Samantha Dennis, Director of Public Protection and Streetpride, Derby City Council, explains how the Council is reimagining the city and working with their communities.
Local government has faced many challenges over the last decade but the COVID 19 pandemic was certainly one of the greatest. Our communities responded in the most phenomenal way; supporting each other and working together to get through some really tough times.
As a council, Derby has been on a journey, changing the way we work with our communities. Recognising that local government is a complex interconnected but often silo-based system that does things ‘for’ or ‘to’, we are moving to a restorative practice approach of ‘working with’ communities. We recognise that we are not the council in charge of the city, but the council here for the city and our role is to create the environment for communities to thrive.
Working together through the pandemic has enabled us as a council to forge better relationships with our communities and gain a better understanding of the place, and the people living there. Our communities achieved some exceptional achievements through some of the most difficult times including creation of the Muslim Burial Council, Food for Thought Alliance, Youth Alliance and many more friends and support groups.
This, along with our work with Community Action Derby and Derby Homes, helped us to shape our Better Together programme. More of a culture than a project, Better Together is a way of staying connected, breaking down barriers and silos and working together to shape how people connect with the council and how services are delivered in places.
Together we have created platforms for residents, groups, and businesses to be heard by the council and partner agencies with Community Talks events, business round table events and youth voice events, we have also included community groups in funding bid applications such as the Safer Streets fund where we focussed on community needs to support the violence against Women and Girls Strategy.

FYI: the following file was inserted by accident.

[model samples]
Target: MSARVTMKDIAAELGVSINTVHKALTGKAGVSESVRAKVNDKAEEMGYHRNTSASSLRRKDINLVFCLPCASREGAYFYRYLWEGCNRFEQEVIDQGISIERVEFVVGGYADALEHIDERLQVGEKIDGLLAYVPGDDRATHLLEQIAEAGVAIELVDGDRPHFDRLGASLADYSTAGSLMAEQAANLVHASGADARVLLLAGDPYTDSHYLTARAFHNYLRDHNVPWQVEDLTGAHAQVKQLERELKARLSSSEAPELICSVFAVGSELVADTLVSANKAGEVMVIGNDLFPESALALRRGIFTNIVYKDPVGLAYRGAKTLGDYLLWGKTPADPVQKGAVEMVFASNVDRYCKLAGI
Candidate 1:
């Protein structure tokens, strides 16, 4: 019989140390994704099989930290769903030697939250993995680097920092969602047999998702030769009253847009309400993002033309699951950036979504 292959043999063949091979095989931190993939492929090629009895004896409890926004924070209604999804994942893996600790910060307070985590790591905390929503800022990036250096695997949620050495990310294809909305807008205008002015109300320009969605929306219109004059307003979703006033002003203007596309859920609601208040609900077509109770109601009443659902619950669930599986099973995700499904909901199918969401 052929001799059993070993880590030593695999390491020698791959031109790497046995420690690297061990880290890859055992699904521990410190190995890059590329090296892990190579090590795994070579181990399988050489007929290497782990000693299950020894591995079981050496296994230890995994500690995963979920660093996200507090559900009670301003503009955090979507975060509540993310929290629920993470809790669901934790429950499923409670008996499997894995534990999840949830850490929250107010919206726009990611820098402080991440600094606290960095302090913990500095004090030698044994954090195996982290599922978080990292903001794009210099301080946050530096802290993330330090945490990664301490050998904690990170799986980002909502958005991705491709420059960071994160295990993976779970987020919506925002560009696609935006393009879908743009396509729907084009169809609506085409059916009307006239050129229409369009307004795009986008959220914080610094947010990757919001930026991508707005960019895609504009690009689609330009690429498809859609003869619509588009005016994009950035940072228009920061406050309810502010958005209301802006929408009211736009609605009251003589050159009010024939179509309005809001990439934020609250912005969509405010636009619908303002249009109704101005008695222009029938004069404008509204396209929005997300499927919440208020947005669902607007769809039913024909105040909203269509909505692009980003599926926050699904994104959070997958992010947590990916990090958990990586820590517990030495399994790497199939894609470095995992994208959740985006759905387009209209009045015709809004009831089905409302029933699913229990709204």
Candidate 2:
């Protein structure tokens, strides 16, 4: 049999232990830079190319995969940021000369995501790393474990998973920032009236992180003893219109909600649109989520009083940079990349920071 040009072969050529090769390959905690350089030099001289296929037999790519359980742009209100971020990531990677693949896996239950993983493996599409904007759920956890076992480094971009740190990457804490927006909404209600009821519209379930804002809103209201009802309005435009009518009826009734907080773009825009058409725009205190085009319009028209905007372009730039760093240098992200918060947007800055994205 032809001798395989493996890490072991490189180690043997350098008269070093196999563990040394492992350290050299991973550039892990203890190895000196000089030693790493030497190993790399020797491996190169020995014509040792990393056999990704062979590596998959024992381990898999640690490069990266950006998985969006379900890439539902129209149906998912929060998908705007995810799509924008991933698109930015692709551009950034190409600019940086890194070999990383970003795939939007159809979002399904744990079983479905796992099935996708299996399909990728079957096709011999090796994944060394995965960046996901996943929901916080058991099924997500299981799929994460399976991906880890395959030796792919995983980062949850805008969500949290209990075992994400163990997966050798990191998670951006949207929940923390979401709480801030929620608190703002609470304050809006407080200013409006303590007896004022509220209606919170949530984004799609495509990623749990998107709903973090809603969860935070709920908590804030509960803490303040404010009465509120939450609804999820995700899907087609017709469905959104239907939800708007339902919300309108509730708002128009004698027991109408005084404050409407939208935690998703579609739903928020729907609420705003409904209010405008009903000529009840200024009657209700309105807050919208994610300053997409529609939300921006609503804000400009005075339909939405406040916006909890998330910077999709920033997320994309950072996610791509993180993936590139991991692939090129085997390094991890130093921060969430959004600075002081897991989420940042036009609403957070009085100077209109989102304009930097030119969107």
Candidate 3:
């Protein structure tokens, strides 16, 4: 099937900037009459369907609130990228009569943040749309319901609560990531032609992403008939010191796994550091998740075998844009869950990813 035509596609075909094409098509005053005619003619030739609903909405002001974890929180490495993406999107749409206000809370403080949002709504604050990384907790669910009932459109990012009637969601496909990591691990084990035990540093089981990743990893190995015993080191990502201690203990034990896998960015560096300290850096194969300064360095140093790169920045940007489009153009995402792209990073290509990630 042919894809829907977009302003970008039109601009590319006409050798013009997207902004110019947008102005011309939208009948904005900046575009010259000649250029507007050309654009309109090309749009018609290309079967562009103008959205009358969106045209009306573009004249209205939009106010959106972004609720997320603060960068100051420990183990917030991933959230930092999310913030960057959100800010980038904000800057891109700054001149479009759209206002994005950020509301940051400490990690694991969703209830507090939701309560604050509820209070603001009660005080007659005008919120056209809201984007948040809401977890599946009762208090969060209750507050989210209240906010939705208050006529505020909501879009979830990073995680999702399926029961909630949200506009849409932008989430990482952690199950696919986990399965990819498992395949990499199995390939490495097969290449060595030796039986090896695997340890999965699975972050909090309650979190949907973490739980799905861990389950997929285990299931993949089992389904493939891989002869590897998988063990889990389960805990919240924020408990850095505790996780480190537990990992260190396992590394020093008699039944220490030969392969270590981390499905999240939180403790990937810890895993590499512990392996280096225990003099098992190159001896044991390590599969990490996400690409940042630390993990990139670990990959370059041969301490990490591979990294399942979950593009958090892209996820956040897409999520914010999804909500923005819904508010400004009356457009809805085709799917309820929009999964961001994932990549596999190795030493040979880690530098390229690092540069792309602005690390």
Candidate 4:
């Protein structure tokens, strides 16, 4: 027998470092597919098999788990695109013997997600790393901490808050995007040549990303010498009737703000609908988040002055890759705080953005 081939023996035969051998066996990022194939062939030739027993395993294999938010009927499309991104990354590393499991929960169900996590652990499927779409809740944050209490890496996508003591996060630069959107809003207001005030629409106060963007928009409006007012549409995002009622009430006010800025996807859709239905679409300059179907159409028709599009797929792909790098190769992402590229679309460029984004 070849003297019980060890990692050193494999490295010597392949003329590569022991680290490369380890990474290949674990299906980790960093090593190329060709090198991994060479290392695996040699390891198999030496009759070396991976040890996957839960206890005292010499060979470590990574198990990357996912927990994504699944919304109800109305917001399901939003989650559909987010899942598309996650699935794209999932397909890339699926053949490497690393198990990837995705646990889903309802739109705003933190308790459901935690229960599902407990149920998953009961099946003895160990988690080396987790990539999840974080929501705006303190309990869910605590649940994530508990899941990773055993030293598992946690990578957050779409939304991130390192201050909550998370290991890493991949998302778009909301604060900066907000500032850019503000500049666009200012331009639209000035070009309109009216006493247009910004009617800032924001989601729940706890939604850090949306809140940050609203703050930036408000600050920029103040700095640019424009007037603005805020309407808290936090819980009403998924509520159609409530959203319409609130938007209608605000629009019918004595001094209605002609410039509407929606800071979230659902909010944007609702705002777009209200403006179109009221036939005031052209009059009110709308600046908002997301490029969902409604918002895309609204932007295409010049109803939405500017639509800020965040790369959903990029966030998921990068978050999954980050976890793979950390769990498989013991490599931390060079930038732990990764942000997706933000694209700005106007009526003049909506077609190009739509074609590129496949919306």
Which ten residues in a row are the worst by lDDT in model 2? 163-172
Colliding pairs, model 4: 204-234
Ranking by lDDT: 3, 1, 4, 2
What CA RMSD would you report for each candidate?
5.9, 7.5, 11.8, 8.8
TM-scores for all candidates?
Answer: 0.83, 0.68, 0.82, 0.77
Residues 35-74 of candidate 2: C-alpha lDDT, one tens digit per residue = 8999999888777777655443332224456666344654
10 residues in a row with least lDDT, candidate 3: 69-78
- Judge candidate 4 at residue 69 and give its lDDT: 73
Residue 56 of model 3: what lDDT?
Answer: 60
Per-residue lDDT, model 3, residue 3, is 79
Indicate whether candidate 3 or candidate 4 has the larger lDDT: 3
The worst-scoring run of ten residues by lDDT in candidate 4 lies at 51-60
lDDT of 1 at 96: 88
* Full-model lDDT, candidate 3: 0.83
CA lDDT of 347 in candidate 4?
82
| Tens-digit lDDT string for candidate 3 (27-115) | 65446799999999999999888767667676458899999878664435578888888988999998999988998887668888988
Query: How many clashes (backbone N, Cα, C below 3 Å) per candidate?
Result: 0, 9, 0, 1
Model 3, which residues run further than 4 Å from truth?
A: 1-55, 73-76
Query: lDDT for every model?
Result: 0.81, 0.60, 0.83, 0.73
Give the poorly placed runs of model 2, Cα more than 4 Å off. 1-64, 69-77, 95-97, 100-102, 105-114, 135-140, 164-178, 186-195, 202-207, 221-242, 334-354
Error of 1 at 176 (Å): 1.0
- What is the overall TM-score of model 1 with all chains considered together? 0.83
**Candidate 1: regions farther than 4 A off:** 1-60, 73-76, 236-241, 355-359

Alongside this work we have been capturing data and information to help identify place-based demand which has enabled us to see that different localities have different issues, demands and skill sets. Drawing on this we are able to adapt our approach to ensure that our locality working teams are made up of the right people and partners, to help work with communities on the issues that matter to them. From waste issues to loneliness or more complex issues, the data provides the opportunity for bespoke and creative solutions to community problems.
Taking a restorative approach to ‘working with’, rather than ‘doing to’, will enable communities to build resilience. To promote and encourage collaboration the council has developed new spaces for officers, partners, and communities to work together: The Community Hub in the Shot Tower and a new public protection hub in the city centre.
Having now identified all of the people who work with communities in places, our next goal is to connect the teams with the communities in local spaces and to give them the freedom to work together in a creative way to solve localised problems. This could be in a library, housing office, children’s centre or any other community-based asset, it really doesn’t matter. What does matter is that we are ensuring the right people are in the right places, are listening to what matters and working together to develop lasting solutions to complex problems.
• Sam Dennis will be addressing the APSE Annual Seminar 2022 in Swansea. For more information about how your central region local authority can benefit from APSE’s rich suite of services, please contact APSE Principal Advisor Vickie Hacking on email@example.com